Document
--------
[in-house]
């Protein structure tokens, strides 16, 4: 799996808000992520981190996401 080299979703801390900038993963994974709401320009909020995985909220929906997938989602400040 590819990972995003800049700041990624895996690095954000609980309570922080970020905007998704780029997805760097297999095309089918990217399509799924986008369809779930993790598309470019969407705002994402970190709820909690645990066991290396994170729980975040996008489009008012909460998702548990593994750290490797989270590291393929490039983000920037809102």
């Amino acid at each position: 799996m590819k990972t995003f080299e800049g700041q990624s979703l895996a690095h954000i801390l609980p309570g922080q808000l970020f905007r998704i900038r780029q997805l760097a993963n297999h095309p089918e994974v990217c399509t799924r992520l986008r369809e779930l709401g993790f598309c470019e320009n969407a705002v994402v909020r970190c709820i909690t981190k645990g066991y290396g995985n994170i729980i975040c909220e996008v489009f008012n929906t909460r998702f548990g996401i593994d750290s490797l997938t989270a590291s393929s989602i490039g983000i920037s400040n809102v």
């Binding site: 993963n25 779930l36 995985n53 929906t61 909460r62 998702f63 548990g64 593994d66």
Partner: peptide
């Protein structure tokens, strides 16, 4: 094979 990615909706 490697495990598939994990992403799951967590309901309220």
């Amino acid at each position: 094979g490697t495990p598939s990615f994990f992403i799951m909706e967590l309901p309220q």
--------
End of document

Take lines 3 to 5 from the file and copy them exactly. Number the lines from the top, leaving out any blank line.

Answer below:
């Amino acid at each position: 799996m590819k990972t995003f080299e800049g700041q990624s979703l895996a690095h954000i801390l609980p309570g922080q808000l970020f905007r998704i900038r780029q997805l760097a993963n297999h095309p089918e994974v990217c399509t799924r992520l986008r369809e779930l709401g993790f598309c470019e320009n969407a705002v994402v909020r970190c709820i909690t981190k645990g066991y290396g995985n994170i729980i975040c909220e996008v489009f008012n929906t909460r998702f548990g996401i593994d750290s490797l997938t989270a590291s393929s989602i490039g983000i920037s400040n809102v």
């Binding site: 993963n25 779930l36 995985n53 929906t61 909460r62 998702f63 548990g64 593994d66």
Partner: peptide